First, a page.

On Wednesday, PocketFives brought you an article discussing a deal agreed to in principlebetween Groupe Bernard Tapie and theU.S. Department of Justice. An e-mail sent from Full Tilt’s Ray Bitar that circulated around the Web on Wednesday read in part, “My understanding is the deal provides that in exchange for an agreed upon payment by GBT, and a GBT commitment to assume responsibility for payment of ROW players, DOJ will reimburse U.S. players and settle the outstanding civil litigation with the companies comprising FTP.”
In essence, the DOJ would reimburse U.S. players directly, leading to a variety of tax implications for those receiving funds. According to poker tax expert Ann-Margaret Johnston, correctly reporting your income derived from poker would be of the utmost importance. Johnston told PocketFives, “You should always pay taxes on it no matter what, whether you take your money offline or not. The IRS could know about it if they want to know about it. It is not uncommon for the IRS and DOJ to share information.”
What could be open to interpretation, however, is what tax year your poker income should be attributed to – 2011 or 2012. Johnston (pictured) explained, “If we get the Full Tilt money by the end of the year, nothing would change in terms of what you’d do with your taxes. If we didn’t get it by the end of the year, then my opinion is that we can’t pay taxes on money we can’t get. My advice would be if you have the money before you file your tax returns, then you can put it on your 2011 taxes.”
That assumes, of course, that players see their frozen Full Tilt funds prior to the April 15th tax deadline. In a press release in late September, the DOJ asserted that the process of refunding players could take quite some time: “We cannot predict the duration of proceedings in this case, other than to state that they will last for many months at the least. We will apprise victims of the alleged fraud of future developments as appropriate.”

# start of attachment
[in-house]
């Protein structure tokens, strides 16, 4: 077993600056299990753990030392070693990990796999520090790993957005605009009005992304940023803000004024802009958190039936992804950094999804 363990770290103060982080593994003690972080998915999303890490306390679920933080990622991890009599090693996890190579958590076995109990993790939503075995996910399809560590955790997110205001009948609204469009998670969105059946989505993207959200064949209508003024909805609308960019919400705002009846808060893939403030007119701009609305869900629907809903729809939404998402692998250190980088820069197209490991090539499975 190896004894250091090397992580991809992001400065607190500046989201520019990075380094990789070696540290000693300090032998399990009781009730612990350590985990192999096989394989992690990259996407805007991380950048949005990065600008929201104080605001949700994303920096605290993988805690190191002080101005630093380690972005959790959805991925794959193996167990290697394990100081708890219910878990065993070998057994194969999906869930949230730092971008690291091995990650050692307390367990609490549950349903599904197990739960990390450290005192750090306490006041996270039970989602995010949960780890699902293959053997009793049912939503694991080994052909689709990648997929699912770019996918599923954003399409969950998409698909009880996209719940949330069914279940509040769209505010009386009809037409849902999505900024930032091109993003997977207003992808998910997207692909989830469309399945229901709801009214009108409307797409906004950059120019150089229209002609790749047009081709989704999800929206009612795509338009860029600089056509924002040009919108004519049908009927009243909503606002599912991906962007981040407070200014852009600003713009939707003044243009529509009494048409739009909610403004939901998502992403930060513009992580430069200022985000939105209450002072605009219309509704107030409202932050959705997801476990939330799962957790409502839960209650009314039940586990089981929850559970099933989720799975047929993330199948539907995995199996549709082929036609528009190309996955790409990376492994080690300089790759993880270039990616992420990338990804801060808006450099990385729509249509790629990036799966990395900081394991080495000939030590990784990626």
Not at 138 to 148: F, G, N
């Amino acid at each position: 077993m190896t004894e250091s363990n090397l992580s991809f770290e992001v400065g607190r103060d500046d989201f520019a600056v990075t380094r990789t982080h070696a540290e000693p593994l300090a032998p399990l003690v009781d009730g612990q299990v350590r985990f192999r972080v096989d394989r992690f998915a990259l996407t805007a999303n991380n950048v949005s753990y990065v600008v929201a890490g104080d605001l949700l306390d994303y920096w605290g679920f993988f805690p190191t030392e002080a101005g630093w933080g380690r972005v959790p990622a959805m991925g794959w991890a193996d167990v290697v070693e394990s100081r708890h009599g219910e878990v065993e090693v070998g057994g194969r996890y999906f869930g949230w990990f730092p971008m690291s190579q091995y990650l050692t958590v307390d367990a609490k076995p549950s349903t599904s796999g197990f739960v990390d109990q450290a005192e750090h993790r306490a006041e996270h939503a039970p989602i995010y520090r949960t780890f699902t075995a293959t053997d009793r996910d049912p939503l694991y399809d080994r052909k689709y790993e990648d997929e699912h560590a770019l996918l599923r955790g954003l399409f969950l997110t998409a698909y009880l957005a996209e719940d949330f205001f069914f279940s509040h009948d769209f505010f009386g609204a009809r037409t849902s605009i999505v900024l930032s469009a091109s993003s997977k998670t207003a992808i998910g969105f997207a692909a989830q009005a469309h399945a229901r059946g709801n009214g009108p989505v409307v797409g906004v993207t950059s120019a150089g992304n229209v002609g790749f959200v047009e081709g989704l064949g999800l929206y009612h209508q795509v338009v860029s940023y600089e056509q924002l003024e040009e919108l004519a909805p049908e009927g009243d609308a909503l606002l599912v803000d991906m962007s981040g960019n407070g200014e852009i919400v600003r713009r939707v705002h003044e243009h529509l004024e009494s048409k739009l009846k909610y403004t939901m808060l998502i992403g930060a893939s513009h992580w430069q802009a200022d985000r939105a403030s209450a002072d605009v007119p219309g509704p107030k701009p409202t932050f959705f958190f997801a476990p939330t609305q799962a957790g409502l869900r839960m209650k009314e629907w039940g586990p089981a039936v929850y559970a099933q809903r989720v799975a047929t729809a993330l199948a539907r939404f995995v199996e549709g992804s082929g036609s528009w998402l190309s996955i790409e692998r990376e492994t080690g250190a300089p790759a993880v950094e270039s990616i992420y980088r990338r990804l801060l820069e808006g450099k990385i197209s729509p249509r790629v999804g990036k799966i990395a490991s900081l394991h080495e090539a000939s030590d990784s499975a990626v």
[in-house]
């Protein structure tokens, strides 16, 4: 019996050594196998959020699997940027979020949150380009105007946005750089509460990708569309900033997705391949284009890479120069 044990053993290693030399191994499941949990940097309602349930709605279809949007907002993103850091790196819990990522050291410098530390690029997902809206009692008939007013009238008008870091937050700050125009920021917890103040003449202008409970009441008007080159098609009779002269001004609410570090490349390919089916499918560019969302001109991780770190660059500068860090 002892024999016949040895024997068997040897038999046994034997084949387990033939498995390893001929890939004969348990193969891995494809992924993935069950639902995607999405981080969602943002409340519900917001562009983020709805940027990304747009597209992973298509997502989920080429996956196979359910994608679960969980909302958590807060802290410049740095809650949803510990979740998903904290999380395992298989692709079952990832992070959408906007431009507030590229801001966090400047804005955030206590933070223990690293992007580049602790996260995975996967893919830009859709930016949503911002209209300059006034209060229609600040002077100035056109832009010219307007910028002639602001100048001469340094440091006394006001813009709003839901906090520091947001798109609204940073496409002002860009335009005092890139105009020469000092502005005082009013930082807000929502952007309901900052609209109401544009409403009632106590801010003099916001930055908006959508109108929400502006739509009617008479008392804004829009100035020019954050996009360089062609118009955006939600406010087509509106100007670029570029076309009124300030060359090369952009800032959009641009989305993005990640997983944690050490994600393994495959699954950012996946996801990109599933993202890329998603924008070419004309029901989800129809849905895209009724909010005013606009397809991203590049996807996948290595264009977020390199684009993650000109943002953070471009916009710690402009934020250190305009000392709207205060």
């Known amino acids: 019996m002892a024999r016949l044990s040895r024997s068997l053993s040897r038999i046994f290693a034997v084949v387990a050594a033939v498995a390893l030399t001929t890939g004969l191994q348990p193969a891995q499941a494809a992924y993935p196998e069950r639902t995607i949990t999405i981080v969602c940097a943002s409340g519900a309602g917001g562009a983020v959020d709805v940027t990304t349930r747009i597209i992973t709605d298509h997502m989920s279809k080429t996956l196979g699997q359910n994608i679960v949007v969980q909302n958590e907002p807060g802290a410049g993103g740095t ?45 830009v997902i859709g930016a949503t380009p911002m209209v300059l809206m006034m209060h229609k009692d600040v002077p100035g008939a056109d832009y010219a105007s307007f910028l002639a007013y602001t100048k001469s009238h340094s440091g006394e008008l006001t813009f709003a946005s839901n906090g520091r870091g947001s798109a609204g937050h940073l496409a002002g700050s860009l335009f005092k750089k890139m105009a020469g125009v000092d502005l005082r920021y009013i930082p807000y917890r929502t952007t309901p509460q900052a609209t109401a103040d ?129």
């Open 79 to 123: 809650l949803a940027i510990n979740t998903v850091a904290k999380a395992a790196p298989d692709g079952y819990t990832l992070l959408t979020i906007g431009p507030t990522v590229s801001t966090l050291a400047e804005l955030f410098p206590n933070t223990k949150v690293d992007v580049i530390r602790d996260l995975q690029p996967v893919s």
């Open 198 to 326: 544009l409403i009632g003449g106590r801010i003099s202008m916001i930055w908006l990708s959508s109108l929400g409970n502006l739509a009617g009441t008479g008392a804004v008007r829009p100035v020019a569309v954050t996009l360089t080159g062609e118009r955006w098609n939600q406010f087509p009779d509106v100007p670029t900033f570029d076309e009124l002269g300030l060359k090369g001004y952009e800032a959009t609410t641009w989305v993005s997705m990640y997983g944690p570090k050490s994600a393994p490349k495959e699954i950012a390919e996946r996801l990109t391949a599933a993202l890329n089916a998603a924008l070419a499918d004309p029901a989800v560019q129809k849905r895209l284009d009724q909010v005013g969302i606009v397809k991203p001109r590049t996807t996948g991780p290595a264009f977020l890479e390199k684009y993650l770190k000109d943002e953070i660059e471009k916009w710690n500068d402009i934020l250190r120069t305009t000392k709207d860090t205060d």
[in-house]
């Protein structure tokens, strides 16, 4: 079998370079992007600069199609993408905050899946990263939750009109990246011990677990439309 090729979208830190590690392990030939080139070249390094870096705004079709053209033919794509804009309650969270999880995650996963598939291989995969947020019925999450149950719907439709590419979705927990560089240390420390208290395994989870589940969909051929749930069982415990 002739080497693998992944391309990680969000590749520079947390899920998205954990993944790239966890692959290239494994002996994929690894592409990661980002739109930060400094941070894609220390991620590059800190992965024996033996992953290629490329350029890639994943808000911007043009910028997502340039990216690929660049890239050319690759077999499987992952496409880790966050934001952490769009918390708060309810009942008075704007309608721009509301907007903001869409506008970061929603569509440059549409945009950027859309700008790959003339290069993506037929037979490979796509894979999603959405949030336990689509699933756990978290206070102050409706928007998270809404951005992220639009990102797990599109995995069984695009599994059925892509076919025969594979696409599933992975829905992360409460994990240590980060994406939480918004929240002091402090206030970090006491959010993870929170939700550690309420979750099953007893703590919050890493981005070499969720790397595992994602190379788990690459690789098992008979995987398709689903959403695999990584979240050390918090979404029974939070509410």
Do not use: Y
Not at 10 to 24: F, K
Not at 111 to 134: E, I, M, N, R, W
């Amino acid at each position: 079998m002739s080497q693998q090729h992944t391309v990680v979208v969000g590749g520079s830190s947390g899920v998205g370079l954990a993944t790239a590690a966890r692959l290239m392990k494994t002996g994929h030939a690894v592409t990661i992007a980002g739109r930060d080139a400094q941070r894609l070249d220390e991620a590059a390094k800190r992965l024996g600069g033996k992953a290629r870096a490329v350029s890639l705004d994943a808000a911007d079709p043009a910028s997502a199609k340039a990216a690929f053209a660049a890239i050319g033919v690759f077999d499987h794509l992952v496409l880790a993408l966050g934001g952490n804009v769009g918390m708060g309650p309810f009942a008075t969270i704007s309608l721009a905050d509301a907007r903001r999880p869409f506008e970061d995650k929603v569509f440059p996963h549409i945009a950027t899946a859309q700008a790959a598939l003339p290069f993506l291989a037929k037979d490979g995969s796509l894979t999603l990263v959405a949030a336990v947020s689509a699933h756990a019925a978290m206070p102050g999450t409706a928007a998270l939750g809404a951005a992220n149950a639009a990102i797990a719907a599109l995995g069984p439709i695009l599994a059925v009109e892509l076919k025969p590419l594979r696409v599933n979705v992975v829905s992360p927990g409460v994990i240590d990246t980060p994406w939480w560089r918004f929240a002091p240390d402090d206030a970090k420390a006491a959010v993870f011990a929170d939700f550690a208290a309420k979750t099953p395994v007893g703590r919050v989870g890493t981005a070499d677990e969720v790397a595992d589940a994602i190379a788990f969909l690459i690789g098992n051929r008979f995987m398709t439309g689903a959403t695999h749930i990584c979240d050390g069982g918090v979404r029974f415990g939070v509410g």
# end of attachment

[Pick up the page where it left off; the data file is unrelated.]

Regardless of the amount of income you’ve earned on Full Tilt Poker, Johnston claims it should be reported to the IRS. Johnston told us, “This is income and so the $600 earnings floor does not apply. If I pay you, as John Doe, less than $600, the IRS doesn’t say I have to give you a 1099. But, John Doe still has to pay taxes on it.”
Over on TwoPlusTwo, posters debated how the DOJ’s cashout procedure would work in practice. One member of TwoPlusTwo guessed, “I think it’s unlikely that we will actually be cashing out directly through the DOJ. IMO, the DOJ will simply oversee the money that Tapie’s group contributes, along with any released funds, in a U.S. bank account. The FTP client will reopen and we will simply make a cashout request like we used to do. FTP will then forward it to the bank overseeing the withdrawals.”
Johnston told PocketFives that a Full Tilt Poker refund coming directly from the DOJ would be “weird.” She remarked, “I think it’s awfully weird. I don’t like my check coming from the DOJ. They’ve made a stance that it’s illegal. The irony is the fact that they’re paying you out on something they’ve said is illegal.” The DOJ labeled Full Tilt a “global Ponzi scheme” that defrauded players out of hundreds of millions of dollars.
Another cashout possibility is those players with large balances on Full Tilt being issued shares of a reincarnated company. Johnston claimed that this option could actually hurt high rollers more than if they cashed out directly: “There are tax implications for getting stock. Theoretically, you earned the money gambling, so you’d pay taxes on it. Then, you’re reinvesting it. It could hurt you because there are two separate transactions.”
As PocketFives and sites like Subject: Poker and CardPlayer have reported, the deal between Tapie and the DOJ is not by any means set in stone. We’ll keep you posted on the latest news.
We’d like to than Johnston for her time with this article. Visit her website at PokerDeductions.com to learn more about poker taxes.